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Smallmouth Bass ( Micropterus dolomieu) PowerPoint PPT Presentation


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Smallmouth Bass ( Micropterus dolomieu). a.k.a. Smallmouth; Smallie; bronzeback; brown bass; redeye; mountain trout.

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Smallmouth bass micropterus dolomieu l.jpg

Smallmouth Bass (Micropterus dolomieu)

a.k.a. Smallmouth; Smallie; bronzeback; brown bass; redeye; mountain trout


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Identification: Bronze to dark olive dorsally; pale yellow to white ventrally; black mottling on back with vertical bars on side. Can reach a length of 69cm. Young can be identified by their tri-colored tail (yellow, black, white).

Distribution: Occurs throughout most of Iowa. Absent from SW 1/3 of the state, and most abundant NE portion of the state.

Fishbase Pictures

Iowa DNR


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Distinguishing from Similar Species:

Smallmouth bass – mouth doesn’t extend past eye; tooth patch on tongue; no mid-lateral stripe; has vertical bars on side; YOY have tri-colored tail.

Largemouth bass – mouth extends well past the eye; no tooth patch on tongue; broad black mid-lateral stripe; no vertical bars on side; found state-wide.

Spotted Bass – mouth doesn’t extend past eye; has tooth patch on tongue; black mid-lateral stripe; no vertical bars on side; YOY have tri-colored tail; in IA it is only found in Lake Macbride.

Fishbase Pictures

Google Images

Fishbase Pictures


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Habitat: Clear to slightly turbid streams and rivers, over gravel or boulder laden substrate; shallow rocky areas of lakes and reservoirs (reefs, windblown points, etc.).

Diet: Young of year (YOY) start on microcrustaceans, as growth proceeds diet mainly consists of aquatic insects, and finally graduates to macroinvertabrates and fishes. Insectivorous as larvae, and mainly piscivorous as adults.

Greg Gelwicks

Google Images

Google Images

Google Images

Fishbase Pictures


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Reproduction: Spawning occurs at temperatures between 16-21°C in waters ranging in depth from 1-6m depending upon clarity. Male fans a bed for female to lay eggs. Female may lay eggs in several different nests; number of eggs varies between 2,000-10,000. Male stays on bed to guard eggs and young.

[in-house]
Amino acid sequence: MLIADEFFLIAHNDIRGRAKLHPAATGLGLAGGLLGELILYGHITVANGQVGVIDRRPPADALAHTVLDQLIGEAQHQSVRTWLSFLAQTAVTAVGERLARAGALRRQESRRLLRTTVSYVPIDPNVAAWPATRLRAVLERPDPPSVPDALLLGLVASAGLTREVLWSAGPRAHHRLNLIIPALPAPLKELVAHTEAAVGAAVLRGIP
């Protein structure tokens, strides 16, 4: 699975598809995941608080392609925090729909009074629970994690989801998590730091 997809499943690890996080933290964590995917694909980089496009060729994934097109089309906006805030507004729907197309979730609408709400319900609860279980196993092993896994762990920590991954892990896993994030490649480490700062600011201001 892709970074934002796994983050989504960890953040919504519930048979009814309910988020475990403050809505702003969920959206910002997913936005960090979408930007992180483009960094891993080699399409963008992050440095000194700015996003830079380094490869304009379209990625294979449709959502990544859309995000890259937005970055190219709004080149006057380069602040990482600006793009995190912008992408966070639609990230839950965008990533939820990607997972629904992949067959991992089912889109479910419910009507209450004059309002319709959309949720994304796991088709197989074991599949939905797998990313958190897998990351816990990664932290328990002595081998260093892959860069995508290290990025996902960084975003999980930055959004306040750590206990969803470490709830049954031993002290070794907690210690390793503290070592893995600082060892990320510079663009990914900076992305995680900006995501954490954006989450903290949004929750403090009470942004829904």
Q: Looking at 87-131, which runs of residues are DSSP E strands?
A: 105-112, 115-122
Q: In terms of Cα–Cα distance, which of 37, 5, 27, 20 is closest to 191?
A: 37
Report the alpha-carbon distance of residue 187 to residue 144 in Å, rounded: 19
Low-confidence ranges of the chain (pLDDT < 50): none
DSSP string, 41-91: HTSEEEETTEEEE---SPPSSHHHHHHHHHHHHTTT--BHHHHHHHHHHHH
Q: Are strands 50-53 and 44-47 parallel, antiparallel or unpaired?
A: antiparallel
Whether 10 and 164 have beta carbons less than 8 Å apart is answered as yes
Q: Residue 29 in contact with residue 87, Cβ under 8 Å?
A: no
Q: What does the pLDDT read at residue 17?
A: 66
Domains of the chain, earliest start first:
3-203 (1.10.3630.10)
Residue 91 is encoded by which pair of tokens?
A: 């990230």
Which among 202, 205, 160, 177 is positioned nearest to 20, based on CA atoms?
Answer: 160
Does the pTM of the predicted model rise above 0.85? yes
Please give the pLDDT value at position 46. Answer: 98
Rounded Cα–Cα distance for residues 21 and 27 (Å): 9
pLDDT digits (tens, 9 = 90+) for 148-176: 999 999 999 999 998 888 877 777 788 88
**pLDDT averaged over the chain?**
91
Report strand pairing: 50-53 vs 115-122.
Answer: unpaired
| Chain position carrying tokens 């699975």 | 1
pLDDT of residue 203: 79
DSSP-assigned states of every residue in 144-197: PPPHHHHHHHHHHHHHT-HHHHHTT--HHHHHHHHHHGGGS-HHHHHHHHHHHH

Conservation Status: Common in IA. Gamefish status. Length and bag limits exist in IA to conserve sport fishery.


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Economic/Recreational Value: Important gamefish, and provides an additional sport fishery in IA.

Ecological Importance: Important predator; quite often the top carnivore in many of Iowa’s small interior streams.

Google Images

Google Images


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References

Becker, G.C. 1983. Fishes of Wisconsin. University of Wisconsin Press. Madison, Wisconsin. p801-808.

Fishbase, A Global Information System on Fishes. Available at http://www.fishbase.se/home.htm Nov. 2004.

Gilbert, C.R. and J.D. Williams. 2002. National Audubon Society Field Guide to Fishes, Revised Ed., North America. Knopf, New York. p349-352.

Google Images. Available at http://www.google.com/imghp?hl=en&tab=wi&q= Oct. 2004.

Harlan, J.R., E.B. Speaker, and J. Mayhew. 1987. Iowa Fish and Fishing. Iowa Department of Natural Resources. Des Moines, Iowa. P146-147.

Iowa Department of Natural Resources. Iowa DNR Fish and Fishing. available at http://www.iowadnr.com/fish/index.html Oct. 2004.

McClane, A.J. 1978. McClane’s Field Guide to Freshwater Fishes of North America. Holt, Rinehart, and Winston, New York. P136-149.

Page, L.M. and B.M. Burr. 1991. Petersen Field Guides, Freshwater Fishes. Houghton Mifflin, Boston.


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Blackie Crappie

Pomoxis nigromaculatus

Family: Centrarchidae

Natural History of Fishes


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Black Crappie

  • Identification: Extremely compressed body , sharp dip over nose, 7-8 dorsal spines, large mouth extending under eye, gray-green on dorsal, silver sides with black mottling, 8-12 inches in length


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Black Crappie

  • Range: east to mid-west United States, with exception of the NE and southern Florida

  • Distribution: spread through the entire state of Iowa


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Black Crappie

  • Diet: small fish, aquatic insects and their larvae

  • Habitat: lakes, ponds, backwaters; living among aquatic vegetation in clear waters.


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Black Crappie

  • Reproduction: spawn May-June; male constructs nest by fanning out sand in medium depth areas with lots of vegetation; female lays 5,000 to 30,000 eggs.

  • Economic importance: huge game fish, good to eat.

  • Not considered threatened or endangered


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Black Crappie


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References

Iowa Department of Natural Resources. 2004. http://www.iowadnr.com/fish/iafish/bc-card.html

Ohio Department of Natural Resources. 2004. http://www.dnr.state.oh.us/Wildlife/Fishing

Page, L.M., and B.M. Burr. 1991. pp. 259. Freshwater Fishes of North America North of Mexico. Houghton Mifflin Company, Boston.


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White Crappie(Pomoxis annularis)ByCurt Kemmerer

http://www.landbigfish.com/fish/fish.cfm?ID=13


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Identification

  • Deep, laterally compressed body; “hump-backed”

  • Sharp dip over eye

  • Dark vertical bands or mottling over silver body

  • Six dorsal spines, beginning at midpoint of body

  • Average 10-12 inches, seldom exceed two pounds

http://www.landbigfish.com/fish/fish.cfm?ID=13


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Similar Species

White Crappie (Pomoxis annularis) Black Crappie (Pomoxis nigromaculatus)